Mexico Relocation: What You Need to Know
Posted by: Carla DaSilva, Manager, Supply Chain Management
Mexico is the second largest economy in Latin America (behind Brazil) and has become increasingly dominated by private sector businesses, focused on a mix of industry and agriculture. The country has seen expanded competition in many industries which has opened up new job opportunities for expats.
Our latest Relocation Country Guide on Mexico, produced in conjunction with Cartus’ destination service providers, LARM Mexico and Dwellworks Mexico, takes a look at the opportunities available to expats and offers best practice advice on how to overcome challenges.
What International Assignees Need To Know When Relocating to Mexico
Most expatriates are headed to Mexico City, where the real estate market is among the most expensive in Latin America. In Mexico, a guarantor is required for leases, and the typical practice is to have the local corporation cosign as the guarantor. Another option is an insurance bond; typically 25% of the lease, paid by the tenant.
Top Tip! Due to the fast moving market, landlords often have multiple offers to consider at the same time. In those situations, their choice of tenant is not always based on price or employment status, and it is not unusual for landlords to want to personally interview tenants prior to committing to a lease agreement.
Building relationships is a key part of Mexican culture. Making small talk is common before getting down to business, as Mexicans see this as vital to creating a bond between parties before the business meeting takes place. Face-to-face meetings are considered much more productive than phone conference meetings. Mexico can also be hierarchical, so expats need to be prepared for the fact that business deals are typically made at the highest levels.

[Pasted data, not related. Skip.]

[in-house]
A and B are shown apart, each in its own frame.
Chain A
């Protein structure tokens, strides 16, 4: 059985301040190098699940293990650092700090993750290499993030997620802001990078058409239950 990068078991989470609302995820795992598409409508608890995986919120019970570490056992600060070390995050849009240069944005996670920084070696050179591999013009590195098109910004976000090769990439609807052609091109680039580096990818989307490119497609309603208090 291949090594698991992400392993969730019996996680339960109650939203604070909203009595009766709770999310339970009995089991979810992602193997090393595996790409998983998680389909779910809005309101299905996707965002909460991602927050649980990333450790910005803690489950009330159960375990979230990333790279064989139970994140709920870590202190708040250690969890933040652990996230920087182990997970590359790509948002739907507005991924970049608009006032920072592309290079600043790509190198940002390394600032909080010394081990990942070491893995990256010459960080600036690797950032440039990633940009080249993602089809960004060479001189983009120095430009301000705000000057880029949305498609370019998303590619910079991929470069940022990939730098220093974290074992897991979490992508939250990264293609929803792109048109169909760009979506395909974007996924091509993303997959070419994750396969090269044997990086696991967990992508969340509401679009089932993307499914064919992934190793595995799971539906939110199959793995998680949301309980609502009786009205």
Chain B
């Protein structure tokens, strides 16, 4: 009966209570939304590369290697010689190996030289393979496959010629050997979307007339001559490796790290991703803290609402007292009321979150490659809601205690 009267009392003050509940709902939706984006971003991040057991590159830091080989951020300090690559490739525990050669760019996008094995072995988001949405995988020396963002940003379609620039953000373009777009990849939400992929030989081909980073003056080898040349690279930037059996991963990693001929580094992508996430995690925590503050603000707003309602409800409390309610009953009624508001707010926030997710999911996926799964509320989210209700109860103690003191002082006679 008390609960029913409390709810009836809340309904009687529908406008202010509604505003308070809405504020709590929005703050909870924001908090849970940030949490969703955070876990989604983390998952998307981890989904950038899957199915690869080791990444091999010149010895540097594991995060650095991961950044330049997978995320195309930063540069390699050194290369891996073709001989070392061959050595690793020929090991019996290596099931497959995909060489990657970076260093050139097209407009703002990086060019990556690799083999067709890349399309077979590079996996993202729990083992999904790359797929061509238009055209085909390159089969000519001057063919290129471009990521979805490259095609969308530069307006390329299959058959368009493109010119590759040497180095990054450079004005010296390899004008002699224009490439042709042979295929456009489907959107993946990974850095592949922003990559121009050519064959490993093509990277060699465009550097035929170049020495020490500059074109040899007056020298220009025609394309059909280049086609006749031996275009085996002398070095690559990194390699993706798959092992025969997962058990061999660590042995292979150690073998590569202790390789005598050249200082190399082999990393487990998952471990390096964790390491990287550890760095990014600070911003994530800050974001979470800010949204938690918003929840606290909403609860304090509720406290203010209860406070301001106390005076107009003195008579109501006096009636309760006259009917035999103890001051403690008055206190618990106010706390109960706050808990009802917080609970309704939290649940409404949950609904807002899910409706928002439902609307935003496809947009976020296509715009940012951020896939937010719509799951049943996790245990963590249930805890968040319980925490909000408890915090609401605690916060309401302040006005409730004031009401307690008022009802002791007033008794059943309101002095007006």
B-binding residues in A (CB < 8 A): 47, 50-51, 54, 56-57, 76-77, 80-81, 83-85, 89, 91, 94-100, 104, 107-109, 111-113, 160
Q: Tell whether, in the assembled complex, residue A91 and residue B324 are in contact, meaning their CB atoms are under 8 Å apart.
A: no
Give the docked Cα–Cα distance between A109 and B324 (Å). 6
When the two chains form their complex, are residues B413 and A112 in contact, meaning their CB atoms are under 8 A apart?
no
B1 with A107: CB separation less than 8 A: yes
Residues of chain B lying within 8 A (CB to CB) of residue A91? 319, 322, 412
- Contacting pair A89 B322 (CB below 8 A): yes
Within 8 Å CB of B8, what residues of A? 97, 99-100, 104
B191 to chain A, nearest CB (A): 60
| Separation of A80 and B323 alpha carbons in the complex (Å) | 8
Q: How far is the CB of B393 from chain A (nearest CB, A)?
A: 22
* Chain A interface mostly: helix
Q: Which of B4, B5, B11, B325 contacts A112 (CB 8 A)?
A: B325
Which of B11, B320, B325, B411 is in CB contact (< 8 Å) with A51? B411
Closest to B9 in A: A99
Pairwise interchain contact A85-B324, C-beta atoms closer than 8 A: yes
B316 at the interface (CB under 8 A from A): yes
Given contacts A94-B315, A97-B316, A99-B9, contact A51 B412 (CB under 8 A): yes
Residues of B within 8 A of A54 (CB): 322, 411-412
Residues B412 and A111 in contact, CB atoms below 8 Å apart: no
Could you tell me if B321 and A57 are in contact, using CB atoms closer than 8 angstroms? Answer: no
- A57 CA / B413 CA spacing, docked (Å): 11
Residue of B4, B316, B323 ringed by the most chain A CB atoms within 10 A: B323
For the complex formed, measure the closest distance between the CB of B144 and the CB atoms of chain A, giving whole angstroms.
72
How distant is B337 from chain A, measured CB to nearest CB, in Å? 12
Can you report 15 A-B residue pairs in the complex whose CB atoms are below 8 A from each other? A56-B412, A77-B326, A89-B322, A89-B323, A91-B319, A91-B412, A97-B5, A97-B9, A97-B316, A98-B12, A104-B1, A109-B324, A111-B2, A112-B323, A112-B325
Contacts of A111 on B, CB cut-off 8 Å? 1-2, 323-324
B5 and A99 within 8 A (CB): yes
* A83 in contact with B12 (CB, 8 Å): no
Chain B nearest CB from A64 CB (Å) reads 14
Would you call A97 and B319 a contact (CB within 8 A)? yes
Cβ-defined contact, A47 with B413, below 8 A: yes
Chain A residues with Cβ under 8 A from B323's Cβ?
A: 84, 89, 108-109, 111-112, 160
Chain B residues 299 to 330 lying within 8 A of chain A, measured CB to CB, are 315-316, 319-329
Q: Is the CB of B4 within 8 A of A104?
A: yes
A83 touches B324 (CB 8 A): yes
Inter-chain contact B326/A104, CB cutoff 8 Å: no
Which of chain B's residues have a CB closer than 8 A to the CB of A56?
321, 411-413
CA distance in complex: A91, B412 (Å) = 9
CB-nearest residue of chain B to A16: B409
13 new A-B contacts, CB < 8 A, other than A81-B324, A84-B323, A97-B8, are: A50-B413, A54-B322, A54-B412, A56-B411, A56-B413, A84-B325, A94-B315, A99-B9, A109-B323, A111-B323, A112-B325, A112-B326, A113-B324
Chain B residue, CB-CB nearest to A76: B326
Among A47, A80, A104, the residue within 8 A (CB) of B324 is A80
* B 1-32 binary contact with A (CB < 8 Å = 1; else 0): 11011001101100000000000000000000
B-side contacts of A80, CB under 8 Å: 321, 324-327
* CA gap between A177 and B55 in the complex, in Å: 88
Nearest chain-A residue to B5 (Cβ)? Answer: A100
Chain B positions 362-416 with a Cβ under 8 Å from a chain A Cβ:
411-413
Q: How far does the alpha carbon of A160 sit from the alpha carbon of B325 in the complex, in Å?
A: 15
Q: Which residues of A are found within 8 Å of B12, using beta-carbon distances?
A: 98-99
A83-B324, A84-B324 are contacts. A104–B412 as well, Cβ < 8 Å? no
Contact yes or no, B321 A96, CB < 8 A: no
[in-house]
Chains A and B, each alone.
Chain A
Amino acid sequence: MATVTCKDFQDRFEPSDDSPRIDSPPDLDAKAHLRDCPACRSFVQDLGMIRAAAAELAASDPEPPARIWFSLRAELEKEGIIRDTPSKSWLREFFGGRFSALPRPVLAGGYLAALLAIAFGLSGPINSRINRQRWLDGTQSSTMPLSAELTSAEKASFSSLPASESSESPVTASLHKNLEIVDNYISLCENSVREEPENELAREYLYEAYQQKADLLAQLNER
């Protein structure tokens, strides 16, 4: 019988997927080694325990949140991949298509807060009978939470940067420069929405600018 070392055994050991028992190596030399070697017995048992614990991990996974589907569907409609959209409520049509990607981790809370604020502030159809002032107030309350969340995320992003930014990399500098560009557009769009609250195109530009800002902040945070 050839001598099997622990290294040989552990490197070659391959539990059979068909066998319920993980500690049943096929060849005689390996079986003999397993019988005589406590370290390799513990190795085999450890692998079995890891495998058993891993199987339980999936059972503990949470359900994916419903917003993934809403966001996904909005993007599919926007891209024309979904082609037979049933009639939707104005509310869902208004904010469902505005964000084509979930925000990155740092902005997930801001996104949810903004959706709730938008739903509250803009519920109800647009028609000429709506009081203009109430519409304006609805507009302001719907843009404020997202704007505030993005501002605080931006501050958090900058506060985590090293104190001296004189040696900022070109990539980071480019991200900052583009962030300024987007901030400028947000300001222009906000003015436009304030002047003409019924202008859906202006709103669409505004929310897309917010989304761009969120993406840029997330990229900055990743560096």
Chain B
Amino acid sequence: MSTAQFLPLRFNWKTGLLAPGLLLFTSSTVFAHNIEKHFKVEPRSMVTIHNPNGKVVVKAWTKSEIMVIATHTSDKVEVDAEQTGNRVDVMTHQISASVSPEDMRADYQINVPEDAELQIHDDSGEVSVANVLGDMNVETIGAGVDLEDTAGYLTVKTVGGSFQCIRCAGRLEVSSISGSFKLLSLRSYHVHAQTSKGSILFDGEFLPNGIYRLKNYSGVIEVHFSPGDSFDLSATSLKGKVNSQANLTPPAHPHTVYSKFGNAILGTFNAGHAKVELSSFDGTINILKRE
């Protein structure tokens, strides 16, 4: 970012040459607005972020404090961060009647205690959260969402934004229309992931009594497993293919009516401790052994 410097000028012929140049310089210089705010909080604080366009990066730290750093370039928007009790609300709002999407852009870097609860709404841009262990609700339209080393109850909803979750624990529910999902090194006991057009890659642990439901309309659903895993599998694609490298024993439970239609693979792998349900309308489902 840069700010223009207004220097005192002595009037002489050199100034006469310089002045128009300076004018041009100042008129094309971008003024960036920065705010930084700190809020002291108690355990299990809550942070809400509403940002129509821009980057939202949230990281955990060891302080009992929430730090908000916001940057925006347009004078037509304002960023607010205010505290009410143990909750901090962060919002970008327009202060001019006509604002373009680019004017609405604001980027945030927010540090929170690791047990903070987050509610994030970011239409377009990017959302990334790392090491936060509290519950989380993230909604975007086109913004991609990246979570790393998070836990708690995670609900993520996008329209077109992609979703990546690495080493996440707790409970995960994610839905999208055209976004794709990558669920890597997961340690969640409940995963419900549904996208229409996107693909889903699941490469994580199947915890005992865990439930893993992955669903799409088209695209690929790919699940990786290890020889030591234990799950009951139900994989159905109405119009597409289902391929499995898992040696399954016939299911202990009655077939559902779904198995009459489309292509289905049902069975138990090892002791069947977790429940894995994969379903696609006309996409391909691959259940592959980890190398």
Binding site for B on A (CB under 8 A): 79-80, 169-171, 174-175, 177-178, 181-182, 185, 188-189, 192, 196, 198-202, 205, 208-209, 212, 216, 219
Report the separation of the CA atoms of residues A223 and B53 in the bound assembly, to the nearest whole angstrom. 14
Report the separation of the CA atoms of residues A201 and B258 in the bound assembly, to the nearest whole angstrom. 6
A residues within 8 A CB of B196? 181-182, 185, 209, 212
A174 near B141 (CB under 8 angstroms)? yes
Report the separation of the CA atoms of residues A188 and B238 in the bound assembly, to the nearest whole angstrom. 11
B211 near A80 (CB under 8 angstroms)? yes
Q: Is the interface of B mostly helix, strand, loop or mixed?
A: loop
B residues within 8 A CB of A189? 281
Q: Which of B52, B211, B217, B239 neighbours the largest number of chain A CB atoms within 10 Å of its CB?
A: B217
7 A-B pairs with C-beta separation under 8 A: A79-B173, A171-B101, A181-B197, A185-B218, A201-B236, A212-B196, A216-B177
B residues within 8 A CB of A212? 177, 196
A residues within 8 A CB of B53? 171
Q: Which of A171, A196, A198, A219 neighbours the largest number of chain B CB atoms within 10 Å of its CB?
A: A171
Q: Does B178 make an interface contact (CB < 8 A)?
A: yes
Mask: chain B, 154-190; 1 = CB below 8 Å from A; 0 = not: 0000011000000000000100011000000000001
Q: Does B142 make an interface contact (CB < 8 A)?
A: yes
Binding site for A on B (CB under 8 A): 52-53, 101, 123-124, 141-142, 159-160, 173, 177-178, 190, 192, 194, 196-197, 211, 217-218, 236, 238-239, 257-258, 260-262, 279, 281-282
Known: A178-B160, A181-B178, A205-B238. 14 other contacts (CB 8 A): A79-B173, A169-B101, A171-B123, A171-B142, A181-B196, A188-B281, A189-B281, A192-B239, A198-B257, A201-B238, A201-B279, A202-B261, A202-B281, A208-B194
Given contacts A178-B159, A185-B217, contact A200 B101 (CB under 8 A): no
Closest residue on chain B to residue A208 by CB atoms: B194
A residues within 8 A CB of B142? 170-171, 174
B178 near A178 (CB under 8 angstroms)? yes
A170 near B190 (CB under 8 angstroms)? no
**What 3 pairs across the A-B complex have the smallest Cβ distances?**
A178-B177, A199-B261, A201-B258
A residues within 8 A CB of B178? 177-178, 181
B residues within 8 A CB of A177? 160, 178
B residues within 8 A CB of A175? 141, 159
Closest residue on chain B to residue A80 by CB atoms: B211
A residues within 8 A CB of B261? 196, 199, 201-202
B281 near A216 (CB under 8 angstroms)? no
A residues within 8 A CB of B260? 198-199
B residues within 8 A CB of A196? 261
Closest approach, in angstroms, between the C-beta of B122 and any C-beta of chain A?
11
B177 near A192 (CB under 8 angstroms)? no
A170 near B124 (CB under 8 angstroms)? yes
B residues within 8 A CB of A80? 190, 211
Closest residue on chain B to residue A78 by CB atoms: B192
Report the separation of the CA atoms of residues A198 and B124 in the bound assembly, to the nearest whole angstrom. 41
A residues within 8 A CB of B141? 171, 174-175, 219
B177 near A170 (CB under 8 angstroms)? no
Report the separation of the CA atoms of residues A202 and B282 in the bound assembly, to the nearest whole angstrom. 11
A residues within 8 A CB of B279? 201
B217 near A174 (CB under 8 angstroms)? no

Top Tip! It is recommended that assignees learn at least some Spanish to help their adjustment and relationship building in both personal and business settings.
Mexico offers a mix of public schools and private schools, as well as a vast variety of bilingual and religious schools. Advance planning and application is strongly recommended, and whenever possible, apply online even in advance of any upcoming trips to the area. Be prepared to talk to schools directly regarding individual student applications, as some schools will only talk to parents and guardians (no 3rd parties such as employer or service providers). It is important to note that most international schools have waiting lists.
Top Tip! Apply to more than one school and be prepared to make decisions on short notice—admittance is on a rolling basis and availability is subject to frequent changes.